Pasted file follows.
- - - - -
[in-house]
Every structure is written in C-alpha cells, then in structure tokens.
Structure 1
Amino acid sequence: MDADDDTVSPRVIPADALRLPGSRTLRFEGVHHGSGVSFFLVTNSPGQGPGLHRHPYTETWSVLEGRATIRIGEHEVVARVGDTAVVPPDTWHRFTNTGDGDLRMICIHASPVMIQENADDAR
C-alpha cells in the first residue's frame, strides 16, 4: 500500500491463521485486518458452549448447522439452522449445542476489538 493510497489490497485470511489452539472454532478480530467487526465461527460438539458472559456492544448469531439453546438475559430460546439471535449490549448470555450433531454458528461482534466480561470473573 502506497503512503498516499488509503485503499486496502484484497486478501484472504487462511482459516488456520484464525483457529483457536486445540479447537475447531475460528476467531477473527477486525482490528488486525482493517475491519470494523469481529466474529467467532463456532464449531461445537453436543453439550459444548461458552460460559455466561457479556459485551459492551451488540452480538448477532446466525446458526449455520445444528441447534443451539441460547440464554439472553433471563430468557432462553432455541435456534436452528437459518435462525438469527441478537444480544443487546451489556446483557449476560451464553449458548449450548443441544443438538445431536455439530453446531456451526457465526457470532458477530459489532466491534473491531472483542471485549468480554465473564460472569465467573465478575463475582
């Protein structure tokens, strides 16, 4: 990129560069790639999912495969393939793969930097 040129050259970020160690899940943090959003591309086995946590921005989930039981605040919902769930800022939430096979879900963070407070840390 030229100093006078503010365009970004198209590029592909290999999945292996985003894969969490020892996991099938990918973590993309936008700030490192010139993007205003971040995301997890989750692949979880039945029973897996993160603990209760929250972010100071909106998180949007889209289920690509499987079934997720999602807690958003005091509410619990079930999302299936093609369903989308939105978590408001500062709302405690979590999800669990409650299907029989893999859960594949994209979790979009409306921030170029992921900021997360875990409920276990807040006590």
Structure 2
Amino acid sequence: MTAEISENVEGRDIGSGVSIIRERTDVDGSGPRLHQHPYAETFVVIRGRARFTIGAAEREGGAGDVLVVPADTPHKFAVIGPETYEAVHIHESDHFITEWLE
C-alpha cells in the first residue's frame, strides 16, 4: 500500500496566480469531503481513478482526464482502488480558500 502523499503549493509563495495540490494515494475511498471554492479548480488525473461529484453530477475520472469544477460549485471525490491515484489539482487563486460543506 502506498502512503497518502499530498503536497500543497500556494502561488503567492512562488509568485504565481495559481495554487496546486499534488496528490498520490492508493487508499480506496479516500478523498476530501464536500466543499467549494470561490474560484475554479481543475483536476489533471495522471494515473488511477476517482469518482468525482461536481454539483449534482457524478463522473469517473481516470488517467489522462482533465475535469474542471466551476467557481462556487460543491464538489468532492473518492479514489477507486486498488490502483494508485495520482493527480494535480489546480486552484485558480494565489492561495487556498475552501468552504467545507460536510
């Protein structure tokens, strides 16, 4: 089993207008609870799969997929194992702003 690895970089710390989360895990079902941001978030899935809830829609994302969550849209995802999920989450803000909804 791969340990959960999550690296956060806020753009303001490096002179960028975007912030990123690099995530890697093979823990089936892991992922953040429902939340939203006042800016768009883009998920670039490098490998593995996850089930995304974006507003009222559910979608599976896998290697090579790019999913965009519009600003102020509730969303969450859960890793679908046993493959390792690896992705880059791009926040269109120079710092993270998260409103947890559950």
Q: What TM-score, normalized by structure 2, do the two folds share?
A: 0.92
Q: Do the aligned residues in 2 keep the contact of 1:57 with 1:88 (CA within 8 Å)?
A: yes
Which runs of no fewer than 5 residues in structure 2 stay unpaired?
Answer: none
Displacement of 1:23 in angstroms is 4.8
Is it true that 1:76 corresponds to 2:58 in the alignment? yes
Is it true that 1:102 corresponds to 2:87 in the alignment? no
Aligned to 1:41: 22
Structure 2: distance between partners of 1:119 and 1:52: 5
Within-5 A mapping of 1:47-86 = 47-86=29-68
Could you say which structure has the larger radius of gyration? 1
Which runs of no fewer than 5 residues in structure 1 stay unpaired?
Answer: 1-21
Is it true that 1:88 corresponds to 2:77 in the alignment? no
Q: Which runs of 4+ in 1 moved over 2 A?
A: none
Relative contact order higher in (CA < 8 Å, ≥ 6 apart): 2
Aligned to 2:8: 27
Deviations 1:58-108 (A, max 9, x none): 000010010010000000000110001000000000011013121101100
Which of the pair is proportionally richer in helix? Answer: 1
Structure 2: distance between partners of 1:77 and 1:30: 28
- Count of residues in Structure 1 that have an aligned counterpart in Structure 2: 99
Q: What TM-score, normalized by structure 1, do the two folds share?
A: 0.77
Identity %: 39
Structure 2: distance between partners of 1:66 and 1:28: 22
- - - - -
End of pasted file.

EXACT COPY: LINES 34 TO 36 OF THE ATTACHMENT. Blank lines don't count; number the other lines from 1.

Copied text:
- Count of residues in Structure 1 that have an aligned counterpart in Structure 2: 99
Q: What TM-score, normalized by structure 1, do the two folds share?
A: 0.77